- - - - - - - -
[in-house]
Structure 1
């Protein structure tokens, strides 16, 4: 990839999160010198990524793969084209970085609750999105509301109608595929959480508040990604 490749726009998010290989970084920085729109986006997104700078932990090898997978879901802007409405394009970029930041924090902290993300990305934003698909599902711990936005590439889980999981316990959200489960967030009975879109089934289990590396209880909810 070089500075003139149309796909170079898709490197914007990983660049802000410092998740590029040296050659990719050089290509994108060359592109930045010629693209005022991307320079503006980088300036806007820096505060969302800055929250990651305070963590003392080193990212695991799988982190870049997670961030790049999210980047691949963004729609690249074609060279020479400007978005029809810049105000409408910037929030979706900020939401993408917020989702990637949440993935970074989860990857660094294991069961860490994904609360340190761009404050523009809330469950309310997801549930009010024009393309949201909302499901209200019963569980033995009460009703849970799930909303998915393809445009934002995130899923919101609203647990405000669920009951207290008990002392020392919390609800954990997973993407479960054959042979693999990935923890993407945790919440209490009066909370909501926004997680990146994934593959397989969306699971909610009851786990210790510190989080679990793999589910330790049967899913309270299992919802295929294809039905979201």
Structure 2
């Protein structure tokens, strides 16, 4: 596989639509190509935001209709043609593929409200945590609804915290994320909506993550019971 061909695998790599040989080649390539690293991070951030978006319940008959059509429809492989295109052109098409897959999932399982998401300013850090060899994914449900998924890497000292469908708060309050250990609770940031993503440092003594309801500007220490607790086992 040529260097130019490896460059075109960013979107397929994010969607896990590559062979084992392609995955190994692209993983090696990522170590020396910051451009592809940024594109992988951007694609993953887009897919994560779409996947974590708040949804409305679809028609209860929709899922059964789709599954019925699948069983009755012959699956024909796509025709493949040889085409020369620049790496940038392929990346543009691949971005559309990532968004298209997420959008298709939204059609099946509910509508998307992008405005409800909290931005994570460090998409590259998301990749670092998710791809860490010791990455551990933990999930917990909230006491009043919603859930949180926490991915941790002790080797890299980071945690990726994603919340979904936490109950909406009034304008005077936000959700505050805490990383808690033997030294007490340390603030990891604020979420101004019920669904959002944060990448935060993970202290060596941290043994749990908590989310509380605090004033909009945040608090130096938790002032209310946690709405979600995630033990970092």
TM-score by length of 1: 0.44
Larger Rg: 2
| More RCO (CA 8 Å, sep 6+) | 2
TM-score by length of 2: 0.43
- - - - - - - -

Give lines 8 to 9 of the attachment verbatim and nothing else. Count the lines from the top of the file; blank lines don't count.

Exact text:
| More RCO (CA 8 Å, sep 6+) | 2
TM-score by length of 2: 0.43